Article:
High-Stakes Iran Talks Try to Prevent Atomic Deal Unraveling
By Golnar Motevalli, Jonathan Tirone and Patrick Donahue
Diplomacy intended to salvage the Iran nuclear deal goes into high gear this week after Tehran threatened to follow the U.S. in abandoning the accord.
German Foreign Minister Heiko Maas landed in Iran’s capital to meet Monday with his counterpart Mohammad Javad Zarif. Japanese Prime Minister Shinzo Abe arrives in Tehran on Wednesday for more consultations. In Vienna, the International Atomic Energy Agency will assess the state of the 2015 agreement that was supposed to rein in Iranian nuclear work in return for sanctions relief.
While European governments recognize Iran’s right to benefit from the nuclear accord and are striving to protect trade with it despite U.S. sanctions, they won’t accept the Islamic Republic’s “reneging” on its nuclear obligations because the U.S. has, Maas said.
The only way to reduce tensions is ending America’s “economic war” on Iran, and Germany and the European Union have a role to play in this, said Zarif, speaking alongside his German counterpart.
The flurry of diplomacy kicked off after Iran’s president signaled May 8 that the country could soon violate terms of the agreement, known as the Joint Comprehensive Plan of Action. The declaration was made on the one-year anniversary of the U.S. decision to unilaterally exit the accord and reimpose sanctions, including on vital oil exports. With its economy plunging into recession, Iran gave European signatories 60 days to deliver the financial relief offered under the deal in return for moderating its nuclear output.
The European vehicle to sustain trade with Iran, Instex, will become operational this month, according to a senior European official with knowledge of the Maas-Zarif talks, who asked not to be identified to discuss the private consultations. A material Iranian violation of the nuclear agreement would force EU governments to end efforts to help Tehran mitigate U.S. sanctions.
Germany initially had hoped Maas would be accompanied to Tehran by officials from France and the U.K., the other EU signatories to the deal, according to another European official.
In Vienna, IAEA monitors convene to assess Iranian compliance. They reported last month in a 15th consecutive quarterly report that showed Iran has observed its obligations, amid growing concerns that the Trump administration’s campaign to counter Iranian influence in the Middle East could spill into war.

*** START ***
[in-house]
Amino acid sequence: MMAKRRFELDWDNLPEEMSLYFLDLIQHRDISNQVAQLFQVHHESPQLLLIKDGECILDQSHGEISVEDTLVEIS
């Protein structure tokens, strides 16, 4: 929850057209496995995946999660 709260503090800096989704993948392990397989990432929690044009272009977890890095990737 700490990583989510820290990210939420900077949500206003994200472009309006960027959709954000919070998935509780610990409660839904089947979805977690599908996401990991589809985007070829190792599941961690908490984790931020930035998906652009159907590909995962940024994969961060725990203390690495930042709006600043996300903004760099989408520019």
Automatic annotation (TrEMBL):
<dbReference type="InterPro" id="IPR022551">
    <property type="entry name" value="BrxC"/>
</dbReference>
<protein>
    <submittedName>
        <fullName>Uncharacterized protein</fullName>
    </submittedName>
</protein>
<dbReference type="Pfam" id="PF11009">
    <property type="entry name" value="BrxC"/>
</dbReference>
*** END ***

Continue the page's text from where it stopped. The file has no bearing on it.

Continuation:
“I am worried about tensions over the Iran nuclear issue,” IAEA Director General Yukiya Amano said in a statement. “The nuclear-related commitments entered into by Iran under the Joint Comprehensive Plan of Action represent a significant gain. I therefore hope that ways can be found to reduce current tensions through dialogue.”
Iran has increased the rate at which it enriched uranium, although the amount stockpiled is still short of the 300 kilograms (661 pounds) allowed under the deal, Amano said at a press briefing. Any potential violation will be immediately reported and could trigger and emergency meeting in Vienna.
The country had about 180 kilograms of the material stockpiled last week—well short of the amount needed for a weapon, were the material to be further enriched, and if Iran were to make the decision to pursue a bomb. Tehran has always said its program is solely for civilian energy and industrial use, but world powers pursued the deal because they doubted that claim.
Tensions spiked after the U.S. accelerated the deployment of a carrier strike group to the Gulf to counter unspecified Iranian threats, and suggested without providing proof that Iran and its proxies were to blame for attacks on ships in the crucial waterway as well as a Saudi oil pipeline, and sent more troops to the region.
The visit by Abe, the first by a sitting Japanese prime minister in 41 years, was endorsed by President Donald Trump and is an effort to open a channel for mediation. But with the U.S. continuing to pile on new sanctions that target Iran’s petrochemical industry, the initiative has failed to gain traction.
“We are witnessing a treacherous policy” from the U.S., said Abbas Mousavi, the spokesman for Iran’s Ministry of Foreign Affairs. “They bring up negotiations and at the same time administrate maximum pressure. To Iran, this isn’t acceptable.”
High-level diplomacy could continue over the next month depending on the outcome of talks this week in Tehran. The remaining parties to the accord—China, France Germany, Russia and the U.K.—could convene a meeting of foreign ministers if that lends to the accord’s survival, according to one of the European officials.